A Sweet Deal for NetSpend's Shareholders
Anh is a member of The Motley Fool Blog Network -- entries represent the personal opinion of the blogger and are not formally edited.
Recently, Total System Services (NYSE: TSS) announced that it would buy NetSpend Holdings (NASDAQ: NTSP) at about $16 per share, with a total transaction value of $1.4 billion. The offering price represented a 26% premium on NetSpend’s closing price last Monday. Is $16 per share price tag fair for NetSpend’s shareholders? Is Total System a buy after this deal? Let’s find out.
NetSpend and Total System Business
NetSpend, founded in 1999, is a provider of general-purpose reloadable (GPR) prepaid debit and payroll cards to the under-banked and other consumers in the US. The company is selling its card via different distribution channels, including traditional retailers, directly-to-consumers, online marketing programs, etc. As of December 2012, NetSpend had more than 2.35 million active cards, as well as 500 distributors in more than 60,000 locations in the US. In the past 5 years, NetSpend has experienced a consistent growth in its revenue, from $183 million in 2008 to $351 million in 2012. However, the company generated a loss of $11.65 million in 2008. The loss in 2008 was due to a charge of $26.3 million for goodwill and intangible impairment. In 2012, NetSpend incurred nearly $37 million in settlement losses, which reduced the net income to $18.9 million. The operating cash flow in 2012 was $38 million.
Total System is a global payment solutions provider with three main operating segments: North America Services, International Services and Merchant Services. The majority of its revenue, $965.4 million, or 51.6% of the total revenue, was generated from North America Services. Merchant Services ranked second with nearly $512.6 million in revenue in 2012, while the International Services generated around $413.5 million in revenue.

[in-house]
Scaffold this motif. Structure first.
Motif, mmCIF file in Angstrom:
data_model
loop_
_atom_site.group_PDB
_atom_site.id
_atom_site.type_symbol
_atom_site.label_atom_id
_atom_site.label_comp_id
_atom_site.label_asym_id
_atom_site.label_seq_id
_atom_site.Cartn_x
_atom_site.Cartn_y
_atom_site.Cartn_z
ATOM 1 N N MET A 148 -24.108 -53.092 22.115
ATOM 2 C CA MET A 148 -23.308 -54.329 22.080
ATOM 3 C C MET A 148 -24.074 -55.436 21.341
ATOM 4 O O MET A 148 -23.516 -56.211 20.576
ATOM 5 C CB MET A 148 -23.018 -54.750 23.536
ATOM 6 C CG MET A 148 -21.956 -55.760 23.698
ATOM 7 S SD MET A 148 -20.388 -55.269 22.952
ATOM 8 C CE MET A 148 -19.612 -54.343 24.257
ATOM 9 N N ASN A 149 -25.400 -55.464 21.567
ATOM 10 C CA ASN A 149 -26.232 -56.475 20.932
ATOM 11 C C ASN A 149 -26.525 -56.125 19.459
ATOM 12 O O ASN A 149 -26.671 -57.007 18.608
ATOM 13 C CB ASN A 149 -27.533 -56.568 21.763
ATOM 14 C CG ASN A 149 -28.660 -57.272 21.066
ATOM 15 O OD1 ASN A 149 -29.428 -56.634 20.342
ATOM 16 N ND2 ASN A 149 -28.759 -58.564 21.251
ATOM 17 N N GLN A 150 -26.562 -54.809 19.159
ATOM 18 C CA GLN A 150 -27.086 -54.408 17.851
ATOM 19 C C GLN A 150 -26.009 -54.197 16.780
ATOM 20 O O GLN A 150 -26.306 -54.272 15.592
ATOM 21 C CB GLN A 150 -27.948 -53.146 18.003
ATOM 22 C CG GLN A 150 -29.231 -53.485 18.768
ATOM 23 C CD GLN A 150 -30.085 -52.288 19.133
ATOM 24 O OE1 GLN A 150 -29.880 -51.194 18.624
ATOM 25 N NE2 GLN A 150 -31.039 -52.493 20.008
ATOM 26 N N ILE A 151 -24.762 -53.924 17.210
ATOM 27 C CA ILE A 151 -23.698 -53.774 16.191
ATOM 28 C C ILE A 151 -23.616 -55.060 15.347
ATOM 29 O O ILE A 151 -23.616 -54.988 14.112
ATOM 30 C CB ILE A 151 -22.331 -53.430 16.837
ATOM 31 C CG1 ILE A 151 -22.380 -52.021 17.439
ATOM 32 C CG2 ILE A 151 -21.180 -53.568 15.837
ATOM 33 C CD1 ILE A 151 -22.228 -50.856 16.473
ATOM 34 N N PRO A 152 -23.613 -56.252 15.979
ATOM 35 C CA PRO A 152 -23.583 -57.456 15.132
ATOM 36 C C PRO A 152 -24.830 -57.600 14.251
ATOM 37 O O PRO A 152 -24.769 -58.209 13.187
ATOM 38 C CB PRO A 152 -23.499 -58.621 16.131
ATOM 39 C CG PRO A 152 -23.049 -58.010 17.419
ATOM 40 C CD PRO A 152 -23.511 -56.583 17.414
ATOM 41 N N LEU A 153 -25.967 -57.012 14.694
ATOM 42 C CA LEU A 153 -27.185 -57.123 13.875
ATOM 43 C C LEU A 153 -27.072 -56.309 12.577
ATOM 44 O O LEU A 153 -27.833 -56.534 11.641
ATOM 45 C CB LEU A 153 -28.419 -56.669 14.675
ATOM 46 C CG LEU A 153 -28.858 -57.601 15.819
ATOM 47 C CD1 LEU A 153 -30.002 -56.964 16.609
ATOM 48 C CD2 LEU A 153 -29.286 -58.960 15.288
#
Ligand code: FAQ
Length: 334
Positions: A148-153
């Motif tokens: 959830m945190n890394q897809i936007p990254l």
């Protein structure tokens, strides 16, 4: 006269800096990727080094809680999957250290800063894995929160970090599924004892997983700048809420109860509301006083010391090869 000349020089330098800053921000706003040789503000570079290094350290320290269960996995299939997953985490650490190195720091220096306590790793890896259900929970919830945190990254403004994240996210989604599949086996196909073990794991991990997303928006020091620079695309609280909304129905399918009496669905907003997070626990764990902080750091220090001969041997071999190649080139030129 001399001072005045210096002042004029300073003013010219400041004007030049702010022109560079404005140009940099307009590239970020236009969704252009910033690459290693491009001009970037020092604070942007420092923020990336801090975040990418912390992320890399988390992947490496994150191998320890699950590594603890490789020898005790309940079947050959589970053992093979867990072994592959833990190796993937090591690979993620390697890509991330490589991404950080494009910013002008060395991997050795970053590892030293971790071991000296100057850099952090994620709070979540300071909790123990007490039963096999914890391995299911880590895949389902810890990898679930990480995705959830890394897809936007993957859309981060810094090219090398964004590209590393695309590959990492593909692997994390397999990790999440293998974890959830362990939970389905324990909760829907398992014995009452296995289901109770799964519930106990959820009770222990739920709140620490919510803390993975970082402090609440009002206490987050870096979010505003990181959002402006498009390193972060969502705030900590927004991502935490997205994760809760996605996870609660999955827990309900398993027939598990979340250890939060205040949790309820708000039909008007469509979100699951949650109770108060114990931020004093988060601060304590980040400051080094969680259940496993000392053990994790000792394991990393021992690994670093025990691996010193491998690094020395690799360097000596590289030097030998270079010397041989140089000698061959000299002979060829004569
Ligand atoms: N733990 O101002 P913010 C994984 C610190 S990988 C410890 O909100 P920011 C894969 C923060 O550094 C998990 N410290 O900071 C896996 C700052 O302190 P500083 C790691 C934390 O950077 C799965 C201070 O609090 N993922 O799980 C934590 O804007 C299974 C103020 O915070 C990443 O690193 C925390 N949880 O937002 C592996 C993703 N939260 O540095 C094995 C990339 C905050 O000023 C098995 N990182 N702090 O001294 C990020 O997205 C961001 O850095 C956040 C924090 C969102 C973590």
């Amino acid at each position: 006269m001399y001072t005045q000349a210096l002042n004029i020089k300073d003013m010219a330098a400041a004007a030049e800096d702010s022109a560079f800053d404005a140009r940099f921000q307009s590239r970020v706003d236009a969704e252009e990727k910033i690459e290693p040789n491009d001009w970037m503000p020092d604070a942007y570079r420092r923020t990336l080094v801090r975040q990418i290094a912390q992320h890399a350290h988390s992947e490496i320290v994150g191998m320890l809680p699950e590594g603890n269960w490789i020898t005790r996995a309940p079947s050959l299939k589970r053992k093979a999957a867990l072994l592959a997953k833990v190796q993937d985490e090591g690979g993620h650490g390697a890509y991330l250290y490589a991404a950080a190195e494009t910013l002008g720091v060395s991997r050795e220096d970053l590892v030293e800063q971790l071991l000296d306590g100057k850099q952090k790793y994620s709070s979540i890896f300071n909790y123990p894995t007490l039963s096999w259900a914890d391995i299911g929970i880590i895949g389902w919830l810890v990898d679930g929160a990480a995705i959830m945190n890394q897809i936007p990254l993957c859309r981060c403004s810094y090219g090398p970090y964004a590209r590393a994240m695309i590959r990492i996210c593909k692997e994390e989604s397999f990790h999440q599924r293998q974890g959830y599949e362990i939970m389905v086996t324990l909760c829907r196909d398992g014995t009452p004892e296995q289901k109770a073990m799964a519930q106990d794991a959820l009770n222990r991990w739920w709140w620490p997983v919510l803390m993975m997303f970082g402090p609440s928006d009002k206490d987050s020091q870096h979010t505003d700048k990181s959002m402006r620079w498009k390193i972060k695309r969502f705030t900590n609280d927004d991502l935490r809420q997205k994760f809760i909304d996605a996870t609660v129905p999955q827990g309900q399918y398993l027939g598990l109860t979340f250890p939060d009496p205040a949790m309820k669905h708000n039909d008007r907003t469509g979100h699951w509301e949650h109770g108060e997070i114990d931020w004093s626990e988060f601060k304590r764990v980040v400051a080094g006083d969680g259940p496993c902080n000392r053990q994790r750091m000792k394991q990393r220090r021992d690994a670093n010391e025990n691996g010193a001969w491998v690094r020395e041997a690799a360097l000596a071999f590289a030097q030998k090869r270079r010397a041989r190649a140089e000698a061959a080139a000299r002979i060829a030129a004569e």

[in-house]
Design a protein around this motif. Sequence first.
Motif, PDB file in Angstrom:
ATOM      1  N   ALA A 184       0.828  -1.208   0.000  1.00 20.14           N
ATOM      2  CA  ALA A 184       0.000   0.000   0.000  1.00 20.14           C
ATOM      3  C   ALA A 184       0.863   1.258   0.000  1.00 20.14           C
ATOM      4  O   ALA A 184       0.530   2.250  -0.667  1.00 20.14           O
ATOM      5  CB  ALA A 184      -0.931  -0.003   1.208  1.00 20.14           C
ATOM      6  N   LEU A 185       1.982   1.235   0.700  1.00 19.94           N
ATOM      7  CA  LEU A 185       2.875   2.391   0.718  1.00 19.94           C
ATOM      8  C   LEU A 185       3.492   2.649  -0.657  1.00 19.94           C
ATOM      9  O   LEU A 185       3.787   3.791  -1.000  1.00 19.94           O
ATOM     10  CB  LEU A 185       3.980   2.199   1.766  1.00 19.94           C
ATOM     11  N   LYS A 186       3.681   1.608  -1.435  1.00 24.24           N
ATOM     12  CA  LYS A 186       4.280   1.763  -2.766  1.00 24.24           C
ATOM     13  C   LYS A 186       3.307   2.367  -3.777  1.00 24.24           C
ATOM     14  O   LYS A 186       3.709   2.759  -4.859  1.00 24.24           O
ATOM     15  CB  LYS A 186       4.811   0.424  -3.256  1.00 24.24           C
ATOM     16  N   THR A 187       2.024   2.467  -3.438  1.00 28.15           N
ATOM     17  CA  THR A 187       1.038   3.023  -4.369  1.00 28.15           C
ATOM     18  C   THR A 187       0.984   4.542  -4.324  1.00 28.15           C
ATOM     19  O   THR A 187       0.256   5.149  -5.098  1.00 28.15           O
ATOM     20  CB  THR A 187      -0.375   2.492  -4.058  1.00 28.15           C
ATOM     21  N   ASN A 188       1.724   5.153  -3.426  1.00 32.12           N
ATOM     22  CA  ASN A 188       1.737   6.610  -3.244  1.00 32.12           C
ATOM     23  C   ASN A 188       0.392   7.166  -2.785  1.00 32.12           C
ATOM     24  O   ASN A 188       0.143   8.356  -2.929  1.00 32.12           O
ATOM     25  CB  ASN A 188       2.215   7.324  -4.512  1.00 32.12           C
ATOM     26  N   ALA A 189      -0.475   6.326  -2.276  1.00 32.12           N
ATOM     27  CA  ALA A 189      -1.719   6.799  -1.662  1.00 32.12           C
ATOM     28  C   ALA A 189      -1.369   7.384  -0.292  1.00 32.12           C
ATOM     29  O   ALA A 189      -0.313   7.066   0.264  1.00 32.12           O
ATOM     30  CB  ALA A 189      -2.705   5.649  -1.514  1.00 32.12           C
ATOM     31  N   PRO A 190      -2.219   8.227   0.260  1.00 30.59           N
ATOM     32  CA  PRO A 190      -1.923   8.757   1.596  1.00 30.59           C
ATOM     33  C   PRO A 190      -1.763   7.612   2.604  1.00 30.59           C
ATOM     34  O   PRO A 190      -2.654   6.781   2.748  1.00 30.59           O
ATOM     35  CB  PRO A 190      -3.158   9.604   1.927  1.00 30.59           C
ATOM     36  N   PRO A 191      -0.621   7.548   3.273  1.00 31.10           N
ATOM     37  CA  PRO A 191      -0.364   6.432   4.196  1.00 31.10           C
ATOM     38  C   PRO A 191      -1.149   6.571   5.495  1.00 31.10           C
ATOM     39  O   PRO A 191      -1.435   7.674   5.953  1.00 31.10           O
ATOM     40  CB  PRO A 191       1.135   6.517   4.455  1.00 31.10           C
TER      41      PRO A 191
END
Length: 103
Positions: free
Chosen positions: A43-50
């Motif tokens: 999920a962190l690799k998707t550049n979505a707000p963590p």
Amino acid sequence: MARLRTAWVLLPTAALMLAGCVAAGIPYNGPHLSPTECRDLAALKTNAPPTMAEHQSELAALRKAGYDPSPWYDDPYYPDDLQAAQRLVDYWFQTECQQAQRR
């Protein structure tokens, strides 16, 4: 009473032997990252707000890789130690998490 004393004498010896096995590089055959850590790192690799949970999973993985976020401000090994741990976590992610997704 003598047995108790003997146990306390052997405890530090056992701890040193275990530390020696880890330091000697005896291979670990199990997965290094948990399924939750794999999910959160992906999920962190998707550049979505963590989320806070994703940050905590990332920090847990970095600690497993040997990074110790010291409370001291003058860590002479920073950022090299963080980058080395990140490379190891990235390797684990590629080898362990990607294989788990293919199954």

Five Strategic Reasons to Acquire NetSpend
In order to finance the purchase of NetSpend, Total System will use its cash on hand and $1.3 billion in debt. The transaction is expected to be completed in the middle of 2013. In its presentation, Total System listed five main reasons to purchase NetSpend. First, Total System could enter a fast growing prepaid market that was expected to double in the next 4-5 years. Second, it could give Total System an opportunity to create new partnerships with its existing bank customers. Third, the company could expand its customer base by entering new segments, including Corporates and Government Agencies. Fourth, Total System could leverage NetSpend's wide distribution network and innovative products. Last but not least, the deal would give Total System a better diversification. After the buyout, the North America Services segment will represent only 41% of the total revenue, while NetSpend will account for 18% of the total revenue.
Source: Total System’s presentation
Is it Too Expensive?
In 2012, the combined EBITDA was around $613 million, 16% higher than Total System’s EBITDA of $528 million. With the current trading price of $22.90 per share, Total System’s market cap is $4.25 billion. The market is valuing Total System at 8x EV/EBITDA. After the deal, Total System would take on an additional debt of $1.3 billion and generate $613 million in EBITDA. Thus, the EBITDA multiple would be 9x. As NetSpend generated more than $87.1 million LTM EBITDA, the deal valued NetSpend at around 13.6x EV/EBITDA. The deal seems to be relatively quite expensive compared to Total System’s valuation and the market valuation of DFC Global (NASDAQ: DLLR), one of NetSpend’s peers. DFC Global is trading at $18.90 per share, with a total market cap of $792 million. The market is valuing DFC Global at only 5.32x EV/EBITDA. Among the three, DFC Global seemed to be the most profitable company. Its operating margin was the highest at 24%, while the operating margins of NetSpend and Total System were 20% and 19%, respectively. Among the three, only Total System is paying a 1.7% forward dividend yield to shareholders, whereas NetSpend and DFC Global are not paying any dividends.
My Foolish Take
I think Total System has overpaid to acquire NetSpend. Total System would be valued quite higher than the pre-acquisition's valuation due to its significant debt financing for the deal. Among the three, DFC Global is the better bet than the other two due to its highest operating margin and lowest valuation.
hoangquocanh has no position in any stocks mentioned. The Motley Fool has no position in any of the stocks mentioned. Try any of our Foolish newsletter services free for 30 days. We Fools may not all hold the same opinions, but we all believe that considering a diverse range of insights makes us better investors. The Motley Fool has a disclosure policy. Is this post wrong? Click here. Think you can do better? Join us and write your own!